FIG. 10 is an explanatory view showing the outline of the data acquisition control of the SPECT method applying the “intermittent data acquisition method” as is performed in the third embodiment;

FIG. 11 is a diagram showing data acquisitions which are employed for the reconstruction of a tomogram, among data acquisitions shown in FIG. 10;

FIG. 12 is a functional block diagram showing the outline of a nuclear medical diagnostic equipment according to the fourth embodiment of the invention;

FIG. 13 is a flow chart showing an example of the steps of procedure for the reconstruction of a tomogram by the nuclear medical diagnostic equipment according to the fourth embodiment as shown in FIG. 12;

FIG. 14 is a diagram showing display examples of the tomograms which have been reconstructed by the nuclear medical diagnostic equipment according to the fourth embodiment as shown in FIG. 12;

FIG. 15 is a graph showing in simplified fashion the relationship between the positional resolution and sensitivity of the tomograms which have been reconstructed by the nuclear medical diagnostic equipment according to the fourth embodiment as shown in FIG. 12;

FIG. 16 is a diagram showing an example in which the plurality of tomograms reconstructed by the nuclear medical diagnostic equipment according to the fourth embodiment as shown in FIG. 12 are simultaneously displayed; and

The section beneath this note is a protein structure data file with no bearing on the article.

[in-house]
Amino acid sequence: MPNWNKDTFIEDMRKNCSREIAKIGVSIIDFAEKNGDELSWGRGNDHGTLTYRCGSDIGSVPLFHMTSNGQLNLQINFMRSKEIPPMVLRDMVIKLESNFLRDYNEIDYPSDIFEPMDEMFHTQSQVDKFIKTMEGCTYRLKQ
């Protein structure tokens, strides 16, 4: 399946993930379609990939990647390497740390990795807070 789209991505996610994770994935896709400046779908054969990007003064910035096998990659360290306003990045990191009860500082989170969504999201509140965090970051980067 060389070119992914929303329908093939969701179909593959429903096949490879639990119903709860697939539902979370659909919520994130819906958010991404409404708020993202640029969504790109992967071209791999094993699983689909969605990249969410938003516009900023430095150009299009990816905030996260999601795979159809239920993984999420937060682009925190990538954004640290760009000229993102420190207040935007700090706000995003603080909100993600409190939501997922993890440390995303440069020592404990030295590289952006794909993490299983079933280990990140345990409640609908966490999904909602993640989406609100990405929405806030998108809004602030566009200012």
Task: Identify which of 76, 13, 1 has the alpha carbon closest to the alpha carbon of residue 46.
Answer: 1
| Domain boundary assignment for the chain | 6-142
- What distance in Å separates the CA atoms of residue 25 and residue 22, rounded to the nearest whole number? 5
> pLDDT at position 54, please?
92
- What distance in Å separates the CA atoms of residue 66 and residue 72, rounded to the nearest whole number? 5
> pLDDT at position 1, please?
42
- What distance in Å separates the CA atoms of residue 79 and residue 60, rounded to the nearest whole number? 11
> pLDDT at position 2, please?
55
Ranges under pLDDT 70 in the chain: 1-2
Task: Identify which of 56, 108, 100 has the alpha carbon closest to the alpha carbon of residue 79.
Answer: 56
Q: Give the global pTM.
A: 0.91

FIG. 17 is a diagram showing another display example of the tomograms which have been reconstructed by the nuclear medical diagnostic equipment according to the fourth embodiment as shown in FIG. 12.

DETAILED DESCRIPTION OF THE PREFERRED EMBODIMENTS

Now embodiments of a nuclear medical diagnostic equipment and a data acquisition method for a nuclear medical diagnosis according to the present invention will be described with reference to the drawings.

1. First Embodiment

A nuclear medical diagnostic equipment and a data acquisition method for a nuclear medical diagnosis according to the first embodiment of the invention will be described with reference to FIG. 1-FIG. 4.

FIG. 1 shows the schematic construction of a nuclear medical diagnostic equipment 1 according to this embodiment. The nuclear medical diagnostic equipment 1 includes a patient couch 11 with a tabletop 11A on which a patient P lies down, usually with the face upward, a patient couch driver 12 which is built in the patient couch 11, a gantry 10 which is arranged in adjacency to the patient couch 11, a gamma camera 13 which is held by the gantry 10, a camera driver 14 which is disposed in the gantry 10 and which drives the gamma camera 13 so as to be movable, a loudspeaker 15, and a control/processing device 16.